“A life is like a garden. Perfect moments can be had, but not preserved, except in memory”. So stated poet, photographer, performer and director Leonard Nimoy (1931-2015) in his final tweet to the world.
Leonard Nimoy has ridden in his last space ship into the sky to become a forever-twinkling star on the firmament of the universe. Now there will be many theories evolved about why his most famous character was so popular.
Nimoy won everyone’s hearts as the pointy-eared Mr Spock on the Star Trek original television series. First created by Gene Roddenberry, it was in production 1966 – 1969 and then cancelled after only three seasons, while having an enormous impact that would grow and last all the way through until today.
Over the years it quietly became a cult phenomenon. slowly evolving into one of the biggest science fiction entertainment franchises, spurning many other sci-fi shows and focusing our attention on the universe.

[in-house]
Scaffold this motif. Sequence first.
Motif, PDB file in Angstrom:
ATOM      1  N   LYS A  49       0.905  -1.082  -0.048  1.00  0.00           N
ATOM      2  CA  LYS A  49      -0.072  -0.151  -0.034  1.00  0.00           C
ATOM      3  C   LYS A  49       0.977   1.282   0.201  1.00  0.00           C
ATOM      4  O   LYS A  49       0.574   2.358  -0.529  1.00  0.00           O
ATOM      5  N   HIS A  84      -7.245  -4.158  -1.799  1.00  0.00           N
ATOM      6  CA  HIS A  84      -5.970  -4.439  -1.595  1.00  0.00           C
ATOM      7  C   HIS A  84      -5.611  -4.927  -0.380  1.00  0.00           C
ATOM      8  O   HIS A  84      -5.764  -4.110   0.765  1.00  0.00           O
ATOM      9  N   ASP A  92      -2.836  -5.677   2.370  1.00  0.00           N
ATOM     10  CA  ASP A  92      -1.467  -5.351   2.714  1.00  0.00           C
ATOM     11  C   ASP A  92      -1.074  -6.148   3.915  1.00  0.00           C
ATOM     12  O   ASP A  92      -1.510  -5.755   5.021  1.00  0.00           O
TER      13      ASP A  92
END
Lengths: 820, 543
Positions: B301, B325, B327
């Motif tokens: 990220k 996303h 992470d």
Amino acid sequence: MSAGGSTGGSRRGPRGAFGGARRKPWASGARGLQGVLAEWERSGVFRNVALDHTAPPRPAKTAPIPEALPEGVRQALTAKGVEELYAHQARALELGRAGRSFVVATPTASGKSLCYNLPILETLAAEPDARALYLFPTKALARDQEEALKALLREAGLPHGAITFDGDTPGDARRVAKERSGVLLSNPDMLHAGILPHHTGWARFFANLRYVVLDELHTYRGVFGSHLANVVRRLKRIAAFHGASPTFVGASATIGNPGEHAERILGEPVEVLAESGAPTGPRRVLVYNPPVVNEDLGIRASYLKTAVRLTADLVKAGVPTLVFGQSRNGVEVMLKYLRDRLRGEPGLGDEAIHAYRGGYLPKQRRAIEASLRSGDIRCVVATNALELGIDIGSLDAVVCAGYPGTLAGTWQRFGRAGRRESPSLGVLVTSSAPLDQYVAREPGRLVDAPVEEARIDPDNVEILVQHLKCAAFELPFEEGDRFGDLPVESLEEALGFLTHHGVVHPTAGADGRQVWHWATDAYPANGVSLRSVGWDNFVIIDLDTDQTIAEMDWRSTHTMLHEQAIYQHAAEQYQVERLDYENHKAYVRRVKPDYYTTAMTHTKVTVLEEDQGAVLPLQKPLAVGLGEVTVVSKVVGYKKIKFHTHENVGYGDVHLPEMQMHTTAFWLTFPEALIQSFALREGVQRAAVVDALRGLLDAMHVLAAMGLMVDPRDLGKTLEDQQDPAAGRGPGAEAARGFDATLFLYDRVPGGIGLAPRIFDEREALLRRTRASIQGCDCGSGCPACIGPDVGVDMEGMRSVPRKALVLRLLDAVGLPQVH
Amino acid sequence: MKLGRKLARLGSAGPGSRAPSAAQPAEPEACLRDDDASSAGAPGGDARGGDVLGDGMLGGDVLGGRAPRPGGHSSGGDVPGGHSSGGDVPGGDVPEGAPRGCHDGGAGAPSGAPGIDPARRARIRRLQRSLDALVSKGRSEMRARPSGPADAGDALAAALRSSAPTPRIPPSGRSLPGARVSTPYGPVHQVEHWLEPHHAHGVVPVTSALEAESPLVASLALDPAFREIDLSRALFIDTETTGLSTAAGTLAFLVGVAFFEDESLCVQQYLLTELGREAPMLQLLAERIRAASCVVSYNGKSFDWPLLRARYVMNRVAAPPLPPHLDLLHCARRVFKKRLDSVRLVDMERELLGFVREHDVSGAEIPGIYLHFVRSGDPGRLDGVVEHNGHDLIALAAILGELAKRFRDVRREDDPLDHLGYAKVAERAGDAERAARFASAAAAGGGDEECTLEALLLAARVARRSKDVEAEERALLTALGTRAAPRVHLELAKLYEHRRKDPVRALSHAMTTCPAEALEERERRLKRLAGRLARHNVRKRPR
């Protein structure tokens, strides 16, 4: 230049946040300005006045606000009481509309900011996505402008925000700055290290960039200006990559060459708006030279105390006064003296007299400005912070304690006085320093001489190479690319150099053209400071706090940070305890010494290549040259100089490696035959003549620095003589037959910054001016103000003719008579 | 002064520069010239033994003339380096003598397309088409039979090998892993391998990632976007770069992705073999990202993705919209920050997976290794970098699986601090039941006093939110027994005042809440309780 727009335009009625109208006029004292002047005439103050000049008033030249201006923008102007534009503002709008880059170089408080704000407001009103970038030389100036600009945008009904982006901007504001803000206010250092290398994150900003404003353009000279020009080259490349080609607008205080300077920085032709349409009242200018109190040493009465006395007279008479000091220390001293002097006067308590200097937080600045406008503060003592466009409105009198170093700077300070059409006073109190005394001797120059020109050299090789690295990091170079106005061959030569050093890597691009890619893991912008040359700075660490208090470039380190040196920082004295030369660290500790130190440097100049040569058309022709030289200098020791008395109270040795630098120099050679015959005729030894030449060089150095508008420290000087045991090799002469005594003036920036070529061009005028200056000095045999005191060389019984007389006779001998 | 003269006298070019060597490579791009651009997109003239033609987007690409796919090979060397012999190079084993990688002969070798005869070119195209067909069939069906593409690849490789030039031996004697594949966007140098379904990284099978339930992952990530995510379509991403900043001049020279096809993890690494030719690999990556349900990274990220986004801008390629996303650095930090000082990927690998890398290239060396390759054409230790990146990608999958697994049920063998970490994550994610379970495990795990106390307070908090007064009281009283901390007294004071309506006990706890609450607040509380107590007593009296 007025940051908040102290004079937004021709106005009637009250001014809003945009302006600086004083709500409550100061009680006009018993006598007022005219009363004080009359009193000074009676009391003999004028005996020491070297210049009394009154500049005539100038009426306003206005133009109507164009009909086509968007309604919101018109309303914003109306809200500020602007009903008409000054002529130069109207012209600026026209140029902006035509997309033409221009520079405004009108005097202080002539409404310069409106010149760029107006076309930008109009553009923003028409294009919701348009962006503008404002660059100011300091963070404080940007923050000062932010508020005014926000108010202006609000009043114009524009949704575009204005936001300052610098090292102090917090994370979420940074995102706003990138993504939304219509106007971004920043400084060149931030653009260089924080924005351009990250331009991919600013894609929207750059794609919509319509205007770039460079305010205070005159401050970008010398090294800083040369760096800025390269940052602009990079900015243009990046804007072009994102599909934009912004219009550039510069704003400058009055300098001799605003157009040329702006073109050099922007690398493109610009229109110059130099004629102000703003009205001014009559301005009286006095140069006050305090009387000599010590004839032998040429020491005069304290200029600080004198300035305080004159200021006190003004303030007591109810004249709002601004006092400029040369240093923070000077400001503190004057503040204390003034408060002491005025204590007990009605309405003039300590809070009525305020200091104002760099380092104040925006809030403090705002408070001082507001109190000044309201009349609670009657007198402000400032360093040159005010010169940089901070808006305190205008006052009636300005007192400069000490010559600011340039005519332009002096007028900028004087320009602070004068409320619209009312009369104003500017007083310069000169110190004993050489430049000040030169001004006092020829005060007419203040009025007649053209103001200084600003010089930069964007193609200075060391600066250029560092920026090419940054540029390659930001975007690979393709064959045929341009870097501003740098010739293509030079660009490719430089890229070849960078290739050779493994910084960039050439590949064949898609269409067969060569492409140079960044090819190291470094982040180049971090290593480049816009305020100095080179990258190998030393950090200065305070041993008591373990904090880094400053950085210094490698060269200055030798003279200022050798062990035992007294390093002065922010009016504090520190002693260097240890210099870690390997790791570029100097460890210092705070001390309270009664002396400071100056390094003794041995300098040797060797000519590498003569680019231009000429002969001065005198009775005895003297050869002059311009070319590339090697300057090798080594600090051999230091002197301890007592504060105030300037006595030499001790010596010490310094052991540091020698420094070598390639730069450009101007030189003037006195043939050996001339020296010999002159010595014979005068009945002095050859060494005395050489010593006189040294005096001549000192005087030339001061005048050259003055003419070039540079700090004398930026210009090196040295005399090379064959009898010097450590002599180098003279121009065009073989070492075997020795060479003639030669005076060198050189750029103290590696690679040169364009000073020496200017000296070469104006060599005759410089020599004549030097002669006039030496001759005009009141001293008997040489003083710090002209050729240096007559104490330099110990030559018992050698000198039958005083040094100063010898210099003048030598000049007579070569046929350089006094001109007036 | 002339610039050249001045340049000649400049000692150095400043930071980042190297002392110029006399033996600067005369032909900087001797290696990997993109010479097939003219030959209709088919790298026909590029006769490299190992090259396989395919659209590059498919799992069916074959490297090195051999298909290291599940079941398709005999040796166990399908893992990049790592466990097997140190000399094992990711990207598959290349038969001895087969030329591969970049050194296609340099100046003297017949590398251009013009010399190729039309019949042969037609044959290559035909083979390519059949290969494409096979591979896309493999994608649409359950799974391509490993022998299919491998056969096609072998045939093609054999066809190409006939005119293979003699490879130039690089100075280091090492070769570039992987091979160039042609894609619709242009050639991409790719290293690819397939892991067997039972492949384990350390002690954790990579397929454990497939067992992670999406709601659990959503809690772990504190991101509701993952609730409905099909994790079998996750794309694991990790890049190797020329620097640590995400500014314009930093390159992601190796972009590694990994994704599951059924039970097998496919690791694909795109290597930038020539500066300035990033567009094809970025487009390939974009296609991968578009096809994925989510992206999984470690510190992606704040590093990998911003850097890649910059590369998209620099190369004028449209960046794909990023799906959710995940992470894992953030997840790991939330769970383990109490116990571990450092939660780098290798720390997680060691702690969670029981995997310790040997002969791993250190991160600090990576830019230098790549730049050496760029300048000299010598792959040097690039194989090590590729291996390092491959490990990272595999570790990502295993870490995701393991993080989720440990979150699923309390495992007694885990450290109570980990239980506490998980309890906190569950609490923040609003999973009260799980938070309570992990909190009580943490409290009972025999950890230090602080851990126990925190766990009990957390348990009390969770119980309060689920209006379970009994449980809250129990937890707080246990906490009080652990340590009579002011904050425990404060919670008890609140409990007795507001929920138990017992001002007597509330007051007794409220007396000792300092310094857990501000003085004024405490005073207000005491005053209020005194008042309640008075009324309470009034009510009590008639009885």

Spock’s appeal for me as a young woman, having being just married at the time and a huge fan of the TV series, was that he was an odd man out.
He didn’t know it but we had a connection because it was often how I felt. Then for me there was also his voice.
Great voices can resonate long and loudly and in lofty places and as Mr Spock Leonard Nimoy’s was indeed impressive.
Apart from his unusual appearance Spock had a courageous commitment to his own belief system, which went to the heart of both his moral and logical self and was admirable.
Spock’s obsession with logic struck many chords and it was interesting to think the ‘father of logic’ Greek philosopher and scientist Aristotle (384-322 BC) , who presented the theory that all logic revolves around one notion: deduction, would have enjoyed to have debated it with Spock.
Captain Kirk aka William Shatner didn’t, and back in the day when they both lit up our screens together they were a dynamic duo on screen while off screen, were reported to be having difficulties.
Spock’s cool rational nature was the perfect counterpoint for Kirk’s emotional heart over head approach that meant he constantly met morphed them into all sorts of trouble that Spock sometimes had to extricate them from.
They certainly provided research students of psychology disciplines at university with great personality characters to get their teeth into.